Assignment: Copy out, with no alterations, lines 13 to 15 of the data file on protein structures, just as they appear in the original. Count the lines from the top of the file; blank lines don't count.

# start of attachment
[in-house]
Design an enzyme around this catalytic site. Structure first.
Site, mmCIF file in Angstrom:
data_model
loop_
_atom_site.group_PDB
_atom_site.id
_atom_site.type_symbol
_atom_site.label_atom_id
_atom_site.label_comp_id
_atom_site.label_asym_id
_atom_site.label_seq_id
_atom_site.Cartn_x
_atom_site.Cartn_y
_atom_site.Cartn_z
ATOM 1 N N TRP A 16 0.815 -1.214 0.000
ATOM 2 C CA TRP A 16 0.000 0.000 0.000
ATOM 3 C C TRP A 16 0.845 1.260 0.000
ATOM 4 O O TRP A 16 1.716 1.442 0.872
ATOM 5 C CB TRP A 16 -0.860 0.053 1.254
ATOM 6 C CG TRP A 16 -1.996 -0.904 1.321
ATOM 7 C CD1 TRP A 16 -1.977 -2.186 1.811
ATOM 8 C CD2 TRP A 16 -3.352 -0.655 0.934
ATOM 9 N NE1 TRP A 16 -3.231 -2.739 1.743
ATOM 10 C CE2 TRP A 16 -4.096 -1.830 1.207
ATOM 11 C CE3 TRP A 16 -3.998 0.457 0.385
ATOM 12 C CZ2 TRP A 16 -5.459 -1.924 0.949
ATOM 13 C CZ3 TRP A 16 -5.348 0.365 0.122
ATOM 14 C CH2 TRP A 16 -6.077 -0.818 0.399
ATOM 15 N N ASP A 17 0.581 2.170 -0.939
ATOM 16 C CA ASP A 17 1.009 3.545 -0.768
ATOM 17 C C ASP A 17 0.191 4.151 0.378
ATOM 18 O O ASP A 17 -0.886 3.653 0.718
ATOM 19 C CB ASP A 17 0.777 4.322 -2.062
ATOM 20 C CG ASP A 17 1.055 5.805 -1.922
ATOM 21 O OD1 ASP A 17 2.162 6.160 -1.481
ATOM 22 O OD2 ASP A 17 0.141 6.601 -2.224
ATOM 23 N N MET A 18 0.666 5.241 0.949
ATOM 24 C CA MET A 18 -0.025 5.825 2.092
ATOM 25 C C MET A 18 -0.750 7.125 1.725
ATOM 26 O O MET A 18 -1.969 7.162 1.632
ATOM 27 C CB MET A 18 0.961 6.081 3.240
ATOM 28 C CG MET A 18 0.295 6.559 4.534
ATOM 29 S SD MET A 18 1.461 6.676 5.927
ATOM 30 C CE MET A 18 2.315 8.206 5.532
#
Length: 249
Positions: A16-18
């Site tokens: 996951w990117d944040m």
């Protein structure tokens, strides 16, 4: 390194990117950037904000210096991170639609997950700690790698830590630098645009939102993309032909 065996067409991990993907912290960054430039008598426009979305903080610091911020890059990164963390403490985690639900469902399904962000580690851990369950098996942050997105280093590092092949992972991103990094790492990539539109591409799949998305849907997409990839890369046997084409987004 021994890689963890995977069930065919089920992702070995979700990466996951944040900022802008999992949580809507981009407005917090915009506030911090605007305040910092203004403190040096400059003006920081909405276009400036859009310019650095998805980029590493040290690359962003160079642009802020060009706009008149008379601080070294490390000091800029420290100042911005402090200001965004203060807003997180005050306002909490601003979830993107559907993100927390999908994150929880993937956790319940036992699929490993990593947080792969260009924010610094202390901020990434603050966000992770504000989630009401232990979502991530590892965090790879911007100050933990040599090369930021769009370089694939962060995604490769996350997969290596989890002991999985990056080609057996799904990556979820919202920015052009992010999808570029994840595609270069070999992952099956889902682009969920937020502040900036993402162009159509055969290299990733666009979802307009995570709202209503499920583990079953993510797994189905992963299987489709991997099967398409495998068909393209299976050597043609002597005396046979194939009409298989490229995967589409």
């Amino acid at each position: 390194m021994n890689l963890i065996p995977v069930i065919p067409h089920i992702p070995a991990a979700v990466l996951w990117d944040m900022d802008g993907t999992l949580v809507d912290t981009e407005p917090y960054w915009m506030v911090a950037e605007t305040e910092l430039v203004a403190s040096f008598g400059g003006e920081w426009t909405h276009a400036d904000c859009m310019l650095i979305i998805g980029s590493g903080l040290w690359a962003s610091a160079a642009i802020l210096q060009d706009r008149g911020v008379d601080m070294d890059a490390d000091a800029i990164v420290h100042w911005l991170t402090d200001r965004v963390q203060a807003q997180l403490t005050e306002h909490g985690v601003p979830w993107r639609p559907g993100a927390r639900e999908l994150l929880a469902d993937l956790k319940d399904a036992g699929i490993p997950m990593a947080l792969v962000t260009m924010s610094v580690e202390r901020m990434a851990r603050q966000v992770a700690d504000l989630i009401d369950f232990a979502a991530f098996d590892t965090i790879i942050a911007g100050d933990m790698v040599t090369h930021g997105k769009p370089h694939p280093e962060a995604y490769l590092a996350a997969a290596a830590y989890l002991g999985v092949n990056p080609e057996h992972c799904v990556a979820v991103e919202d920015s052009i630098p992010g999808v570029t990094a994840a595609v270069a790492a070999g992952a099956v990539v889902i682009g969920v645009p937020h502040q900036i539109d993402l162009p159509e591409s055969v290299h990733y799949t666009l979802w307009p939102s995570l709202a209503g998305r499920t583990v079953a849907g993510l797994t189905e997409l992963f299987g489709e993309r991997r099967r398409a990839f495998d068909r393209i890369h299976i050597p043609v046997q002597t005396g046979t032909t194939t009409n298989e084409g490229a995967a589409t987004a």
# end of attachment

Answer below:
_atom_site.Cartn_x
_atom_site.Cartn_y
_atom_site.Cartn_z